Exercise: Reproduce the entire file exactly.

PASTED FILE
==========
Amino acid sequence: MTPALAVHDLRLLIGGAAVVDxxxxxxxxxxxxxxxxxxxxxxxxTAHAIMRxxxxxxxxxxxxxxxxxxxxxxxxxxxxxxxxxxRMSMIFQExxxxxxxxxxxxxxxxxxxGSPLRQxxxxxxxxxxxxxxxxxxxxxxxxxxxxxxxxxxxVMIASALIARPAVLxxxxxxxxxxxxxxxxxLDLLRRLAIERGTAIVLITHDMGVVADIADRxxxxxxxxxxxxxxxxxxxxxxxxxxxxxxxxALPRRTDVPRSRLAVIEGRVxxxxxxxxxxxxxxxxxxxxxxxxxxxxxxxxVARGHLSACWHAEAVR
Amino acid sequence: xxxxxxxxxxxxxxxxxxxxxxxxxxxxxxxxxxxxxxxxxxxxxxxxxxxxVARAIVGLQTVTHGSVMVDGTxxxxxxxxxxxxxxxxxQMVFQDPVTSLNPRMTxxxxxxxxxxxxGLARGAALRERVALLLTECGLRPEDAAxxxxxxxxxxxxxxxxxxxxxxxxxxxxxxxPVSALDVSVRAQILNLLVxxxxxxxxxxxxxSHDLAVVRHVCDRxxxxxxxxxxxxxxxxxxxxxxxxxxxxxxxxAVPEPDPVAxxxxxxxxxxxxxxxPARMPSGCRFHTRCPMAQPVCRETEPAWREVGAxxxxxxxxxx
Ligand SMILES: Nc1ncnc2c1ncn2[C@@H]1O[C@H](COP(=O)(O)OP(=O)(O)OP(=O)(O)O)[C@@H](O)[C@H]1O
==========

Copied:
Amino acid sequence: MTPALAVHDLRLLIGGAAVVDxxxxxxxxxxxxxxxxxxxxxxxxTAHAIMRxxxxxxxxxxxxxxxxxxxxxxxxxxxxxxxxxxRMSMIFQExxxxxxxxxxxxxxxxxxxGSPLRQxxxxxxxxxxxxxxxxxxxxxxxxxxxxxxxxxxxVMIASALIARPAVLxxxxxxxxxxxxxxxxxLDLLRRLAIERGTAIVLITHDMGVVADIADRxxxxxxxxxxxxxxxxxxxxxxxxxxxxxxxxALPRRTDVPRSRLAVIEGRVxxxxxxxxxxxxxxxxxxxxxxxxxxxxxxxxVARGHLSACWHAEAVR
Amino acid sequence: xxxxxxxxxxxxxxxxxxxxxxxxxxxxxxxxxxxxxxxxxxxxxxxxxxxxVARAIVGLQTVTHGSVMVDGTxxxxxxxxxxxxxxxxxQMVFQDPVTSLNPRMTxxxxxxxxxxxxGLARGAALRERVALLLTECGLRPEDAAxxxxxxxxxxxxxxxxxxxxxxxxxxxxxxxPVSALDVSVRAQILNLLVxxxxxxxxxxxxxSHDLAVVRHVCDRxxxxxxxxxxxxxxxxxxxxxxxxxxxxxxxxAVPEPDPVAxxxxxxxxxxxxxxxPARMPSGCRFHTRCPMAQPVCRETEPAWREVGAxxxxxxxxxx
Ligand SMILES: Nc1ncnc2c1ncn2[C@@H]1O[C@H](COP(=O)(O)OP(=O)(O)OP(=O)(O)O)[C@@H](O)[C@H]1O